The global outcry against income disparities, basic necessity deprivation, corporate ‘huge earnings’, Govt spending , corruption and crony capitalism manifested itself in the Arab spring riots(Egypt, Libya, Tunisia..), Lokpal bill struggle in India, Dodd Frank/Obamacare in USA. The Indian Govt did not set up a Lokpal but agreed to be enhance the e-governance substantially, and introduce worldclass measures like self assessment, uniform tax rates, less complexity, tight but fair penalties, deemed resolution in favour of citizen in case of delay etc. This transparency increased the willingness to pay tax, and increased the taxpayer base to 25% of the population. Of course, this was aided by more withholding taxes(TDS/TCS), transaction taxes(STT, GST) and innovative tax base(MAT, dividend tax, reverse charge etc). After plenty of struggles, GST was introduced in 2015, with dual rates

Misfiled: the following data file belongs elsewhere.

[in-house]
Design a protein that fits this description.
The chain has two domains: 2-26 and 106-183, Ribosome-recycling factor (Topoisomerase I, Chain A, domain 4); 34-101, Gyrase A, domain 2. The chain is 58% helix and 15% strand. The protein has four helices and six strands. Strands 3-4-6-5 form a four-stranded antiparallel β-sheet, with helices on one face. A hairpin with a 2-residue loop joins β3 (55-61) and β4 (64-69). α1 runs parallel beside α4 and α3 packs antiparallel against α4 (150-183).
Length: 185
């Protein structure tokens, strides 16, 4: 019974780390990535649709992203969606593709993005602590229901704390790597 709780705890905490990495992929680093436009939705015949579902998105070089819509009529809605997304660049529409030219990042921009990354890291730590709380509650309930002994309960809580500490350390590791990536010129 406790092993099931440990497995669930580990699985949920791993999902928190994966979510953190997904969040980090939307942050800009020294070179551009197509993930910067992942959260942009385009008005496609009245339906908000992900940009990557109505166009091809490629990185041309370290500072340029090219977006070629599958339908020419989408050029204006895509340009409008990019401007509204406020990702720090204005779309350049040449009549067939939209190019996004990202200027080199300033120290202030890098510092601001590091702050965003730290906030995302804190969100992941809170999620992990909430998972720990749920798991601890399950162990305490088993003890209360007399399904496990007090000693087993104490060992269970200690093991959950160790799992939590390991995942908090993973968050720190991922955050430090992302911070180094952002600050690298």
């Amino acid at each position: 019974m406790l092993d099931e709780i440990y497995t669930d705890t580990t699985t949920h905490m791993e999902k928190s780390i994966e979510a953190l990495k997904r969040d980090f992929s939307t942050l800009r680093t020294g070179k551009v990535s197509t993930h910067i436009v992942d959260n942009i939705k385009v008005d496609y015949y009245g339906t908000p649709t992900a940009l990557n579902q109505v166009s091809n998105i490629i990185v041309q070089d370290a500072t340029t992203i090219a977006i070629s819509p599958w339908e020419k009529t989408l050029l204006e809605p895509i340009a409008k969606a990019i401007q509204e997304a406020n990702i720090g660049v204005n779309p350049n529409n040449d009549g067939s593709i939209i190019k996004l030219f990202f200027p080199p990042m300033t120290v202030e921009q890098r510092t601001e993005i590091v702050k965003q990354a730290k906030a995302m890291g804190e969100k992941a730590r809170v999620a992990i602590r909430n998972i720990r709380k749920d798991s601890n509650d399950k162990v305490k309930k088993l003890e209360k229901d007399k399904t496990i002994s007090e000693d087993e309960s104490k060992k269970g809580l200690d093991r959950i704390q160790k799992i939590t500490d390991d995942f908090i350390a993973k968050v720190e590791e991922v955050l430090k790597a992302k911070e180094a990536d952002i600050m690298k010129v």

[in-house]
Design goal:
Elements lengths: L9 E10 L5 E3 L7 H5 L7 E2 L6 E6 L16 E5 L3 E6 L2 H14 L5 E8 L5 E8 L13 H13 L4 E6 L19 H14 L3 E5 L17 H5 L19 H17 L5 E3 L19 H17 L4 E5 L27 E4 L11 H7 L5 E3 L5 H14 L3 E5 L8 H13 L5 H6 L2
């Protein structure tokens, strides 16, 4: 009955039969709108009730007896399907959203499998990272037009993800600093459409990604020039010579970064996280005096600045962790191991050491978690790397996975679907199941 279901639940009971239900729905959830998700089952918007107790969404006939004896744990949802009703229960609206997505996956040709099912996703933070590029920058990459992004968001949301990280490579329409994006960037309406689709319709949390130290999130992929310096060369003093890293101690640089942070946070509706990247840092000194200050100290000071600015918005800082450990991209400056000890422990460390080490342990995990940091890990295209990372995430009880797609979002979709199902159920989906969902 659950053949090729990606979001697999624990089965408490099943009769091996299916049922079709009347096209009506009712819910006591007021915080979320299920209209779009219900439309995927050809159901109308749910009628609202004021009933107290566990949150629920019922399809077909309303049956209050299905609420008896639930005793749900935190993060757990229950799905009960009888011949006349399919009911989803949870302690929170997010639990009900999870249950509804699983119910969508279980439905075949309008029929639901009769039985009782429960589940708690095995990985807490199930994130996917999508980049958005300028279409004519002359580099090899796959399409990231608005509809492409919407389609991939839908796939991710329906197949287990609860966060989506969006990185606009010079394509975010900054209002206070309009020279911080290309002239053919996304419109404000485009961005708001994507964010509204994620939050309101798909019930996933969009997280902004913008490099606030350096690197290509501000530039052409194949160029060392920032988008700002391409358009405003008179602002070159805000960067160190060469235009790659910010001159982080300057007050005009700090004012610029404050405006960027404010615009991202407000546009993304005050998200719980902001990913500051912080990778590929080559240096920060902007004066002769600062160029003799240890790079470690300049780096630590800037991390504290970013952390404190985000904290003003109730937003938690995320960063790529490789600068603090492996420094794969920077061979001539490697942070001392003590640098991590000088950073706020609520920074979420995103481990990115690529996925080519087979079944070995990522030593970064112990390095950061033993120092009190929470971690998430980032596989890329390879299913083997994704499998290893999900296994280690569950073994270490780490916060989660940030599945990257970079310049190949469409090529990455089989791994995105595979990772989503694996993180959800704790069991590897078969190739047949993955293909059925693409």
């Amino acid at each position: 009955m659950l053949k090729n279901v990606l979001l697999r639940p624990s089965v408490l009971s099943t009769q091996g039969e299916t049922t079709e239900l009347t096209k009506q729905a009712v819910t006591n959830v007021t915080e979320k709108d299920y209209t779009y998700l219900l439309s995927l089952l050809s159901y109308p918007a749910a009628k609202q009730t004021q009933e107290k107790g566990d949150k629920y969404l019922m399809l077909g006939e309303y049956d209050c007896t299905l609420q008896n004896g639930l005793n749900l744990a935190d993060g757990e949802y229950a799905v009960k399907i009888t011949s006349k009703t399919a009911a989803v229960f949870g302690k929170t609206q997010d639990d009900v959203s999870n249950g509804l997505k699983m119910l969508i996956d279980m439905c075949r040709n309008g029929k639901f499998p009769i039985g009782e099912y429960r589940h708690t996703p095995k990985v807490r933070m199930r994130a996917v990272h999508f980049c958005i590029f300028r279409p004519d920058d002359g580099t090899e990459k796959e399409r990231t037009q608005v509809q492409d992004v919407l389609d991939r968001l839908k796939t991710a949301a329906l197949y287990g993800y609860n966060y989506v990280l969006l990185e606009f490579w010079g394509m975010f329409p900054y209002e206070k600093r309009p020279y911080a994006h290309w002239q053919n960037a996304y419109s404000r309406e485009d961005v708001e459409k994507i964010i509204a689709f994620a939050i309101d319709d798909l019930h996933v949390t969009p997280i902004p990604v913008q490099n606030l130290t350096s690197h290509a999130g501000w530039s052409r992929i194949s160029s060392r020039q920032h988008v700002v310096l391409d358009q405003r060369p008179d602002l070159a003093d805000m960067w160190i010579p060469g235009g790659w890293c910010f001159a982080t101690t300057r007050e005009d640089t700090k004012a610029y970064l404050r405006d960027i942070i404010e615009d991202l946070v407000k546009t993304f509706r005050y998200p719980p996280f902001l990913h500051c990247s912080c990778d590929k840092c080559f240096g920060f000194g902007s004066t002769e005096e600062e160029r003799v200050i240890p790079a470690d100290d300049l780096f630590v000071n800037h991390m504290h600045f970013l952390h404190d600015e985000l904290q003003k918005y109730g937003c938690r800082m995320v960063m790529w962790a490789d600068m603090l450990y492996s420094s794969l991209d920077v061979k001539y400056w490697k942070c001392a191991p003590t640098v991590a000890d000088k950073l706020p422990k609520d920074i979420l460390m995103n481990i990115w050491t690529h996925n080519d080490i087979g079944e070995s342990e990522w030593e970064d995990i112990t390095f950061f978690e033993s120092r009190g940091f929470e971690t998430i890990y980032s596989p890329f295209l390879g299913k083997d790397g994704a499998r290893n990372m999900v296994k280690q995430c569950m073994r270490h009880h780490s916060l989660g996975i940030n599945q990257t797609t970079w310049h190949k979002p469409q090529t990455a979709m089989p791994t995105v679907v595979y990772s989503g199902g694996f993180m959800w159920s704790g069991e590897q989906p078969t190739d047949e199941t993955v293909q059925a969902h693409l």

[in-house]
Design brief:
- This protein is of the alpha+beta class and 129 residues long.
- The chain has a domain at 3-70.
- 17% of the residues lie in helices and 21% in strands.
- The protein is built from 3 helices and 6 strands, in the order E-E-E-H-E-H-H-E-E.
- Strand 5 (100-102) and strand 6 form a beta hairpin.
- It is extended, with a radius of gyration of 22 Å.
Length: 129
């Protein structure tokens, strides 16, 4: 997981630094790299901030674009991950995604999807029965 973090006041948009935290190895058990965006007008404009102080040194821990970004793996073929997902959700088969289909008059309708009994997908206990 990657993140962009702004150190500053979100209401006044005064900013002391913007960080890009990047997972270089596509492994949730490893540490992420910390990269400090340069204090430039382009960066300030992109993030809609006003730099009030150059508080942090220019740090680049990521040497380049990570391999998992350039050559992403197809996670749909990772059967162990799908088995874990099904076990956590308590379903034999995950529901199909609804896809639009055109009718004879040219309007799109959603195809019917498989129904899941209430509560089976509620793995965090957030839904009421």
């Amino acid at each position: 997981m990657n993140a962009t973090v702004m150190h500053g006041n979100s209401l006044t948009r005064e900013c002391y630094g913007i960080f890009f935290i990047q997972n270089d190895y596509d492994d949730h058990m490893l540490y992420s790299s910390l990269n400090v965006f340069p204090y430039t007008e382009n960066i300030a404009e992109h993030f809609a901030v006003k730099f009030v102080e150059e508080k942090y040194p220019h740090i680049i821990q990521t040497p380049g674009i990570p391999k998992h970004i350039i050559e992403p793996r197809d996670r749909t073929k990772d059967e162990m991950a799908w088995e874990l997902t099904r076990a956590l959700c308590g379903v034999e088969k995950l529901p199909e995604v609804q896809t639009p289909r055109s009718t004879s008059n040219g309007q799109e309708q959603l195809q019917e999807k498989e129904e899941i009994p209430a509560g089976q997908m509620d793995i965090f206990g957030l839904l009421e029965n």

CAs saw the need to collaborate within the profession(alliances, CPE circles, benevolent fund, networking) and with other professions(LLPs).  The MCA introduction of LLP was leveraged by ICAI to permit these partnerships. And how they prospered! Engineers, architects and lawyers helped immensely in valuation, due diligence and expert opinions in audits; while company secretaries and management accountants lent their name to compliance services, cost audits and transactional services performed by LLPs. Of course, the jack of all trades(CA) remained the managing partner. Stung by the fact that LLPs of mostly other professionals were grabbing the premier cost audits, ICWAI tried to amend its bill to prevent that, but failed due to opposition from other professionals.  Networks of LLPs rose(many of them borne from ICAI networking efforts) and challenged the Big4 in specialist areas like forensic accounting, valuation, merchant banking etc.